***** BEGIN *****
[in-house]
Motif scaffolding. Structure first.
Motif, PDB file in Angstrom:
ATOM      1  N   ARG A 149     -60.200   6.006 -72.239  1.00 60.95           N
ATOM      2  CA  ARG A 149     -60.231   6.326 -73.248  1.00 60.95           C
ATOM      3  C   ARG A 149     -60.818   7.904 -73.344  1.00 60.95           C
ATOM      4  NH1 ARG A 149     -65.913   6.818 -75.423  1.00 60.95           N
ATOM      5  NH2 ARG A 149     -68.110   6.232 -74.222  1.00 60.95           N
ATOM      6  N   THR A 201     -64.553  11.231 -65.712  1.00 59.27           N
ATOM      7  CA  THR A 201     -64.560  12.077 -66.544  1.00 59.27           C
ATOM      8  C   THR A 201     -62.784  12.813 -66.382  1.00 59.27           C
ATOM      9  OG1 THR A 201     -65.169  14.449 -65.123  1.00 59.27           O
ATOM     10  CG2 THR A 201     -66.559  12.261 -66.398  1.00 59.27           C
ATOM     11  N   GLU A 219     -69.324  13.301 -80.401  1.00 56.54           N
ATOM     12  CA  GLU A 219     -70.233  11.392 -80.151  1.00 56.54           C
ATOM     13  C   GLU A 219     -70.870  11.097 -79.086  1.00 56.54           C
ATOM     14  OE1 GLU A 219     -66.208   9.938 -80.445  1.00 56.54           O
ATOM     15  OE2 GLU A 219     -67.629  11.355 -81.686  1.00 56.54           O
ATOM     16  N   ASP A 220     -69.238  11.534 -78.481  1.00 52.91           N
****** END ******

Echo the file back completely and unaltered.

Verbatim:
[in-house]
Motif scaffolding. Structure first.
Motif, PDB file in Angstrom:
ATOM      1  N   ARG A 149     -60.200   6.006 -72.239  1.00 60.95           N
ATOM      2  CA  ARG A 149     -60.231   6.326 -73.248  1.00 60.95           C
ATOM      3  C   ARG A 149     -60.818   7.904 -73.344  1.00 60.95           C
ATOM      4  NH1 ARG A 149     -65.913   6.818 -75.423  1.00 60.95           N
ATOM      5  NH2 ARG A 149     -68.110   6.232 -74.222  1.00 60.95           N
ATOM      6  N   THR A 201     -64.553  11.231 -65.712  1.00 59.27           N
ATOM      7  CA  THR A 201     -64.560  12.077 -66.544  1.00 59.27           C
ATOM      8  C   THR A 201     -62.784  12.813 -66.382  1.00 59.27           C
ATOM      9  OG1 THR A 201     -65.169  14.449 -65.123  1.00 59.27           O
ATOM     10  CG2 THR A 201     -66.559  12.261 -66.398  1.00 59.27           C
ATOM     11  N   GLU A 219     -69.324  13.301 -80.401  1.00 56.54           N
ATOM     12  CA  GLU A 219     -70.233  11.392 -80.151  1.00 56.54           C
ATOM     13  C   GLU A 219     -70.870  11.097 -79.086  1.00 56.54           C
ATOM     14  OE1 GLU A 219     -66.208   9.938 -80.445  1.00 56.54           O
ATOM     15  OE2 GLU A 219     -67.629  11.355 -81.686  1.00 56.54           O
ATOM     16  N   ASP A 220     -69.238  11.534 -78.481  1.00 52.91           N